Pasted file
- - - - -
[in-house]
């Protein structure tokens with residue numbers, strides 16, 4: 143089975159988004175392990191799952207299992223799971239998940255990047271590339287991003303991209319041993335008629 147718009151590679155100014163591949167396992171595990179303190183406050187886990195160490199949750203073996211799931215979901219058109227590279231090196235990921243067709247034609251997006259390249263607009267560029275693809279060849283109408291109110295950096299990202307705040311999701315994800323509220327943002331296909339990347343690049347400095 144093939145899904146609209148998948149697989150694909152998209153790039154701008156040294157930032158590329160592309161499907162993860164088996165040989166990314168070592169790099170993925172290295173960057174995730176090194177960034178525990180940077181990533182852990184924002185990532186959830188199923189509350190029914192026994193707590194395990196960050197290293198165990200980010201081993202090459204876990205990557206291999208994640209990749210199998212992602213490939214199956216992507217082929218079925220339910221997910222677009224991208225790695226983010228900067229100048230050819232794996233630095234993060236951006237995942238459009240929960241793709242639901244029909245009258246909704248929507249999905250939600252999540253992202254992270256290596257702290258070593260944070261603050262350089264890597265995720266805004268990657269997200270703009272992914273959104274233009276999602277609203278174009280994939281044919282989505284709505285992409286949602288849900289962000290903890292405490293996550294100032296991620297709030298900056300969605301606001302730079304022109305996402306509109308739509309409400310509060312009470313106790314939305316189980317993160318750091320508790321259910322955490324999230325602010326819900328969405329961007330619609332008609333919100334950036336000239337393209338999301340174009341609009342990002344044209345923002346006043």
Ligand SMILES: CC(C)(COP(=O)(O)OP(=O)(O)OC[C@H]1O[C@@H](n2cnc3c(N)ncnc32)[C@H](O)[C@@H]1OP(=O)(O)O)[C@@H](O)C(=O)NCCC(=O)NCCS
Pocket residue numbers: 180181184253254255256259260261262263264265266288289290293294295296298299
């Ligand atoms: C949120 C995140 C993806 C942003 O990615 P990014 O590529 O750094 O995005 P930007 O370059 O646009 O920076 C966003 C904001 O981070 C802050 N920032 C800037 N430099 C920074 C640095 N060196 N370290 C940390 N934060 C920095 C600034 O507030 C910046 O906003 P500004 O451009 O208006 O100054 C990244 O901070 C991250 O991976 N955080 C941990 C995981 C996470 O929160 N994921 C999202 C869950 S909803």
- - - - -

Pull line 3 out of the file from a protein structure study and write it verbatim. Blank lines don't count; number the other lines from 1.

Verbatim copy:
Ligand SMILES: CC(C)(COP(=O)(O)OP(=O)(O)OC[C@H]1O[C@@H](n2cnc3c(N)ncnc32)[C@H](O)[C@@H]1OP(=O)(O)O)[C@@H](O)C(=O)NCCC(=O)NCCS